This is a story about a story. But it’s more than that.
Somewhere in early 2012, I’d started working on a story, set in the same universe as my short stories “Crossroads” and “The Devil’s Jack” (forthcoming in DEAD MAN’S HAND). But about three thousand words in, I realized that there was more here than a short – that I’d created a character, and a world, that wanted to expand into a novel.
So I sent the story and a proposal to my agent, and said “what do you think?”
She thought that it was a great idea, and could probably make a great novel, but it “wasn’t commercial enough.” She suggested I stick with the urban fantasy, that was selling well.
So I – being a practical meerkat, did so. Wrote some good books, saw them published. But I kept poking at the story, feeling – in that place where we feel such things – that I’d made an error. That, in turning away, I’d gone down the wrong road.
That’s a hard feeling to live with.
I found myself at a decision point. Did I hold steady, stick to what was Known, or was it time to turn back, try and find that road that had gone Elsewhere? Knowing full well that it could be dead end, a disaster or – worse yet – be the chance that came once and could never be found again?
Knowing what you need to do is one thing. Working up the courage to do something about it? That took a little longer.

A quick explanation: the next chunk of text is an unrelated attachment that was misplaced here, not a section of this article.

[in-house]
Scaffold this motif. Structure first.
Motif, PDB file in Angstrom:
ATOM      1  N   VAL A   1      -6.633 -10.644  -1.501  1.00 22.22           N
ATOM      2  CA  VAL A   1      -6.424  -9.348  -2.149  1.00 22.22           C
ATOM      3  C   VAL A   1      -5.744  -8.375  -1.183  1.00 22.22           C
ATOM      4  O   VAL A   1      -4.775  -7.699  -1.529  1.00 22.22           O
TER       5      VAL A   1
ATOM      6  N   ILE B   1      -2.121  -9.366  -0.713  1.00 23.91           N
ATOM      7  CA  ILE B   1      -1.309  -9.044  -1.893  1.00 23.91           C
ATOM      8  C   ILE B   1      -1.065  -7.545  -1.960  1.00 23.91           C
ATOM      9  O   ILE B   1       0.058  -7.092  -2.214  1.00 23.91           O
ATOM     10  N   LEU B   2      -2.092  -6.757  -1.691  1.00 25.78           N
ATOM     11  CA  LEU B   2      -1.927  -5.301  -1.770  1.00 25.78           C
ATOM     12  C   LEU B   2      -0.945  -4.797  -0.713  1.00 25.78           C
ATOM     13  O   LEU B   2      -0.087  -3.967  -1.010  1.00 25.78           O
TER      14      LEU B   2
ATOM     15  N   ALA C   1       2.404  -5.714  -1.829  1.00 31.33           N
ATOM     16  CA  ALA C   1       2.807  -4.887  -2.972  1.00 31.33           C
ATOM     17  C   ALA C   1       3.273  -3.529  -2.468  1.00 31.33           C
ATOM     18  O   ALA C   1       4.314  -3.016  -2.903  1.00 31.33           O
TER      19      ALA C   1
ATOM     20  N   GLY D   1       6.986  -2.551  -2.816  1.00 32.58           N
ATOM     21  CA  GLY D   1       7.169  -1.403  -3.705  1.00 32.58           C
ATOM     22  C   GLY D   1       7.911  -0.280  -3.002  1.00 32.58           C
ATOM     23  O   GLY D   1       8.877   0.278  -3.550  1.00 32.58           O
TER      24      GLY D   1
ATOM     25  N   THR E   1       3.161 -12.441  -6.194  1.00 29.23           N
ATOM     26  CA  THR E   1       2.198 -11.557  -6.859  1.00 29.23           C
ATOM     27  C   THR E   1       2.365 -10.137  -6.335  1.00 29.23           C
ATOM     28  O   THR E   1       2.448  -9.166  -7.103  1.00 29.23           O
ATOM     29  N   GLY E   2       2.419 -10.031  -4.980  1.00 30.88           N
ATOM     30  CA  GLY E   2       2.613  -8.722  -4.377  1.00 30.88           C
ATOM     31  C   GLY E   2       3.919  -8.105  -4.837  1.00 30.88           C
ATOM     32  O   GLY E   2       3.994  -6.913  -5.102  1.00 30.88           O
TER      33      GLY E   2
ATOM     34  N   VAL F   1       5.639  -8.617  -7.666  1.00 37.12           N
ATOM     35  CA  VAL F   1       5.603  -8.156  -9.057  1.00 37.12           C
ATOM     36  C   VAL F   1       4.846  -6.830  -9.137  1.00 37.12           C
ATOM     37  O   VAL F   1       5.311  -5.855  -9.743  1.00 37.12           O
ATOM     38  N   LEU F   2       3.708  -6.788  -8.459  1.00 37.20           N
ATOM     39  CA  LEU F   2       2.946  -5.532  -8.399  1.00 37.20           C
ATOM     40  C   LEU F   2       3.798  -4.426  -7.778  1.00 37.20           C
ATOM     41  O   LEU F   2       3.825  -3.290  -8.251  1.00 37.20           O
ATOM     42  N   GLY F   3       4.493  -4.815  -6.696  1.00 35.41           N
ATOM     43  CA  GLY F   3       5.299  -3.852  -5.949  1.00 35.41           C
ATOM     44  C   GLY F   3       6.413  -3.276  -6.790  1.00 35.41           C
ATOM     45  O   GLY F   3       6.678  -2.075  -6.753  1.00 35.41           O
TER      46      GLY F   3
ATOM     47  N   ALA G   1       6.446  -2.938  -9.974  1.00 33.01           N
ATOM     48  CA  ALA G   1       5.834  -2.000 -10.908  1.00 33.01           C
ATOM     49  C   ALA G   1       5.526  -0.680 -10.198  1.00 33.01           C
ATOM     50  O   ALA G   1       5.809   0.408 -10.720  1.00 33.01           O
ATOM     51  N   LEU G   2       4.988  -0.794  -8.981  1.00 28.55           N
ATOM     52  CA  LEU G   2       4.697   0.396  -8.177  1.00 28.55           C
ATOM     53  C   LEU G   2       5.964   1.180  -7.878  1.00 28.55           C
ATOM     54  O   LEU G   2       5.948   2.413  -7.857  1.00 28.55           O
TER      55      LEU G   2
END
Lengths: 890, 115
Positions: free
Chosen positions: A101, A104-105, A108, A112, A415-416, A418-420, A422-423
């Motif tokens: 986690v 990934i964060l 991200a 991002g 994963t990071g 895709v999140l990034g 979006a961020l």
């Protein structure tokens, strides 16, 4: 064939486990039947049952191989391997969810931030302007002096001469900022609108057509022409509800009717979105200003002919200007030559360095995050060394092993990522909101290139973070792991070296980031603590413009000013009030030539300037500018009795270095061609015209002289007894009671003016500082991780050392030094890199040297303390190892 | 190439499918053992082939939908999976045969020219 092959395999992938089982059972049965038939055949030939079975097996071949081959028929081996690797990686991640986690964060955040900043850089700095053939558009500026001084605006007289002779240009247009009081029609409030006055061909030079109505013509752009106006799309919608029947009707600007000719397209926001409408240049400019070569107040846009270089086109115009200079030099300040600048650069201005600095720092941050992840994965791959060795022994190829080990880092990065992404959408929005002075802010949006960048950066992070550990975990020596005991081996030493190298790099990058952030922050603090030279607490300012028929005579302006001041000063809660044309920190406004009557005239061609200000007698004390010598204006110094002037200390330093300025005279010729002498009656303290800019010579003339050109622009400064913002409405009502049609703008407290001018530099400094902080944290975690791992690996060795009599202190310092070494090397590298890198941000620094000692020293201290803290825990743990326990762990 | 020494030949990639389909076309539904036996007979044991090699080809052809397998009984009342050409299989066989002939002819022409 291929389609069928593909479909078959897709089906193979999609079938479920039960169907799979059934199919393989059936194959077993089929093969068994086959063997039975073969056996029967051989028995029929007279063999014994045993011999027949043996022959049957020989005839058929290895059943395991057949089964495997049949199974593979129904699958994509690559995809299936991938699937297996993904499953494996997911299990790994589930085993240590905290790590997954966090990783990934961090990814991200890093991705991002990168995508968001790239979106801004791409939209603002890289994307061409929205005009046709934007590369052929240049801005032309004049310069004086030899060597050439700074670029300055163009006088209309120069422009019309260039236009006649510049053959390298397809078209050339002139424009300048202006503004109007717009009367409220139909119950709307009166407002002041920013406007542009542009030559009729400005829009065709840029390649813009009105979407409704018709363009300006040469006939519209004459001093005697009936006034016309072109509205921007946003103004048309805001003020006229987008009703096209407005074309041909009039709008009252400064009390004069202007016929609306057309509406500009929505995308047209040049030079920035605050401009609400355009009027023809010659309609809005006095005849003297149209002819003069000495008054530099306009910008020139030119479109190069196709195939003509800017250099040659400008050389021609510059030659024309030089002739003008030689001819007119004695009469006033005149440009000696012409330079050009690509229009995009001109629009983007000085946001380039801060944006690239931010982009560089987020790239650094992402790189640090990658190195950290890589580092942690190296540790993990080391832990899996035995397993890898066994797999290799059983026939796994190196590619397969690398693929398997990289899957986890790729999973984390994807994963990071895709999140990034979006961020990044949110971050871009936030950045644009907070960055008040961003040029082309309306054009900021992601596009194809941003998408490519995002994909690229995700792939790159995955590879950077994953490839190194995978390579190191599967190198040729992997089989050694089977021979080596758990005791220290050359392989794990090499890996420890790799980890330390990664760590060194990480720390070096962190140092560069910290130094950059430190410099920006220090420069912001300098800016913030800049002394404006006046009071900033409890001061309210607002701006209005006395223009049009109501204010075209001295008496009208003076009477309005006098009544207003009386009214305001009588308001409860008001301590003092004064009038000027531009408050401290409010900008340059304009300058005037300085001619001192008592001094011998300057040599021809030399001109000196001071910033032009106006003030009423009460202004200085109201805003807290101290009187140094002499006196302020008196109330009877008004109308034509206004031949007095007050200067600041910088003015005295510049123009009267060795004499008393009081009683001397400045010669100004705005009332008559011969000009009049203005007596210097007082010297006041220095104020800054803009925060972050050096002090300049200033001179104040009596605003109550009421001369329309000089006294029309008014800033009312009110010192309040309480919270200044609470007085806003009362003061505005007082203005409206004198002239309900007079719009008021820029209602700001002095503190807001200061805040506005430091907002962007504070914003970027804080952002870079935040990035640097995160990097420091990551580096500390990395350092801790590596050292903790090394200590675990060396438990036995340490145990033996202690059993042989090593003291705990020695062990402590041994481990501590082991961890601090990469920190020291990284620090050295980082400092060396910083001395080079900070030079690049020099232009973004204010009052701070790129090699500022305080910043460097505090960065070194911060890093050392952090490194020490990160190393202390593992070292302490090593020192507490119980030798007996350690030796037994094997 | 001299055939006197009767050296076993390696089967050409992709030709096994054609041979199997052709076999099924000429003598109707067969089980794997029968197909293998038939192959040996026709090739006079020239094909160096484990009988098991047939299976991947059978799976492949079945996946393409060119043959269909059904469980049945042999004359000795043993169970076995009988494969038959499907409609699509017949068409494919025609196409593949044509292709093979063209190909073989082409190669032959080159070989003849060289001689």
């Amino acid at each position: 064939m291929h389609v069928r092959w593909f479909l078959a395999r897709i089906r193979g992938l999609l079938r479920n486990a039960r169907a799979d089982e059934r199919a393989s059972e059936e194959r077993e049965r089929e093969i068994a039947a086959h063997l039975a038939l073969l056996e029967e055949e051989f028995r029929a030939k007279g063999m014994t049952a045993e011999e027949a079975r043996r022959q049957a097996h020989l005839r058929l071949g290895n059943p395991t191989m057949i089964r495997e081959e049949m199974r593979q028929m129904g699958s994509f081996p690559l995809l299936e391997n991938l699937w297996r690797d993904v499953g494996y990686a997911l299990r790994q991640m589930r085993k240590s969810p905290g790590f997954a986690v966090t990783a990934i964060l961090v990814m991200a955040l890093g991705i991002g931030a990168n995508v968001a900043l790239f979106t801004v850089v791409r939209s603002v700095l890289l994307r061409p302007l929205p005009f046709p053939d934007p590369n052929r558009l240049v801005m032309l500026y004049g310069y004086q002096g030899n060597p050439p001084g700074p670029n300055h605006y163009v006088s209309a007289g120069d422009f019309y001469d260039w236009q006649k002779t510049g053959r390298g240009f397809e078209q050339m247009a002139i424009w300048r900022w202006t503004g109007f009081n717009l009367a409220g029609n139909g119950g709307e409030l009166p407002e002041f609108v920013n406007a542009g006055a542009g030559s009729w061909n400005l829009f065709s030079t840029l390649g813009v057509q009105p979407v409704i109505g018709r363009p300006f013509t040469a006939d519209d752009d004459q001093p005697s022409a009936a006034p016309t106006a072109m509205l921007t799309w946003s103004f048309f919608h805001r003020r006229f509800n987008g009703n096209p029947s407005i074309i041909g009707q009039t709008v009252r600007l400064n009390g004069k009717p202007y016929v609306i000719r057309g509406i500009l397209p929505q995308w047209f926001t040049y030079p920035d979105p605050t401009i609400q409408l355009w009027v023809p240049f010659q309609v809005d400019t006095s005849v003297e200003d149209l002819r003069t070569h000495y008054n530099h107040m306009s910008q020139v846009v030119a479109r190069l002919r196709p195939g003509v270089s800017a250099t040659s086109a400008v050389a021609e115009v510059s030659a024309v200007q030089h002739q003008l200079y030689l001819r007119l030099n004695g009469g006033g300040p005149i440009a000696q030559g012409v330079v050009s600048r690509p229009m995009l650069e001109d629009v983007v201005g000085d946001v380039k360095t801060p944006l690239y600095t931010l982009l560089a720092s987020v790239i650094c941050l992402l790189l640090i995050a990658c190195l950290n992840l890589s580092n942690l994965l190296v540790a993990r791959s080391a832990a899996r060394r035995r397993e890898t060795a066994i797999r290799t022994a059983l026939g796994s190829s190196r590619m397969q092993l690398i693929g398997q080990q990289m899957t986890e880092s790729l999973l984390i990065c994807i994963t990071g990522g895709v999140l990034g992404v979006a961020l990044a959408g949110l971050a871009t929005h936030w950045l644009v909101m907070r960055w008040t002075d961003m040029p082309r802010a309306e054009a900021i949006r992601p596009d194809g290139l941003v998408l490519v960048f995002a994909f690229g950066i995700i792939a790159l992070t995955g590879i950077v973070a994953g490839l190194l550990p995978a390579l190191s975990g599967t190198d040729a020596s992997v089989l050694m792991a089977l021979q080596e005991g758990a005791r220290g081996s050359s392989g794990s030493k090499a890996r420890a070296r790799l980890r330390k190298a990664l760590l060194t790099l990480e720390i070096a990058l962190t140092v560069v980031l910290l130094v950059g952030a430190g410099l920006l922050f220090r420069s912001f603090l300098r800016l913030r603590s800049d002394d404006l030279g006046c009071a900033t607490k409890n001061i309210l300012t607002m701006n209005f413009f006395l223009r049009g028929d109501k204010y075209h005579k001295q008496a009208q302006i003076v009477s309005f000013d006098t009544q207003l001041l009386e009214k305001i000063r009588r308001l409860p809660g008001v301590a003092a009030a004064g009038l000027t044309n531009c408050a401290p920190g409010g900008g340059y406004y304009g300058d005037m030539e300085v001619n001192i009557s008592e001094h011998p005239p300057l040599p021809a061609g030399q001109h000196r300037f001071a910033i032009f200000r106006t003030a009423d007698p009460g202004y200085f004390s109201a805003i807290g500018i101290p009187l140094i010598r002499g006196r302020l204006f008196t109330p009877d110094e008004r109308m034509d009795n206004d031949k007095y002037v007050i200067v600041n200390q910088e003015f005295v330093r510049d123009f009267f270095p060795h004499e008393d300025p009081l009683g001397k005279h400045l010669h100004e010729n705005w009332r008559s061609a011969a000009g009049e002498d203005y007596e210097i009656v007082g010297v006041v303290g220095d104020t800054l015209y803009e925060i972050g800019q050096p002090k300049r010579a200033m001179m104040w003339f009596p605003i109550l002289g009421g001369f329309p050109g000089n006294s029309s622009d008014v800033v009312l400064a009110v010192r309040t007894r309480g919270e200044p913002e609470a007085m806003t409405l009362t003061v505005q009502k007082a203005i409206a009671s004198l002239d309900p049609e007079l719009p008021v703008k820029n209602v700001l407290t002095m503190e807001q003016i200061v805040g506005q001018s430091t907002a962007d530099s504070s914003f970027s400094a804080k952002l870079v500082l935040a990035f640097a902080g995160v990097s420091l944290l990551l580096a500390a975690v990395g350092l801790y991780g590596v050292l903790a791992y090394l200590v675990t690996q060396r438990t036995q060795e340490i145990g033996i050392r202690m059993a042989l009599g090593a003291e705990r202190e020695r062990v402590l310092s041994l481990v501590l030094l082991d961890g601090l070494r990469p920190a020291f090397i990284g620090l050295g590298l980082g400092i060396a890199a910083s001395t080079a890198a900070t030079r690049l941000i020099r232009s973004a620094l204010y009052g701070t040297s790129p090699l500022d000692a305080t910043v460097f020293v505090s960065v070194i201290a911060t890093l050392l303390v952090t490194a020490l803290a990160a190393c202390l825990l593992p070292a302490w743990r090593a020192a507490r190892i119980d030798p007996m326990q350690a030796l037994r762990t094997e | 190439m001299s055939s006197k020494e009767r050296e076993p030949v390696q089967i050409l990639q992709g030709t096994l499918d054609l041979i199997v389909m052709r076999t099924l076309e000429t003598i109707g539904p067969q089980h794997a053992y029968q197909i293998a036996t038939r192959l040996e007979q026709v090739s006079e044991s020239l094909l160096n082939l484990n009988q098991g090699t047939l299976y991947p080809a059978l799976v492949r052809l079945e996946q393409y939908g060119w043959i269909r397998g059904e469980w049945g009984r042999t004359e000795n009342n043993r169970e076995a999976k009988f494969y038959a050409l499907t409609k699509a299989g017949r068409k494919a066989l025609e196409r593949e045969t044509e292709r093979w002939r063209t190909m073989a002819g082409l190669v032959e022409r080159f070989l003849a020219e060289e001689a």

In December 2012, my agent and I parted ways. In January, in the entrance hall to my apartment, I posted the motto for the year: I am terrified, but I am not afraid. And I started writing that back-burnered project.
And then I set off to find an agent who would be a good partner for the journey.
It was, no lie, a bumpy, occasionally stress-driven road filled with setbacks, doubts, and revisions, where I may have repeated my motto every day in varying tones of certainty. And yet, we pushed on. And in December 2013, almost exactly twelve months after that moment of decision, we had multiple offers of interest in the project, all from houses and editors I’d be pleased to work with.
From “not commercial enough” to “you have a choice of where to publish.”
It’s okay to be terrified. Terror can work in your favor. Just don’t be afraid.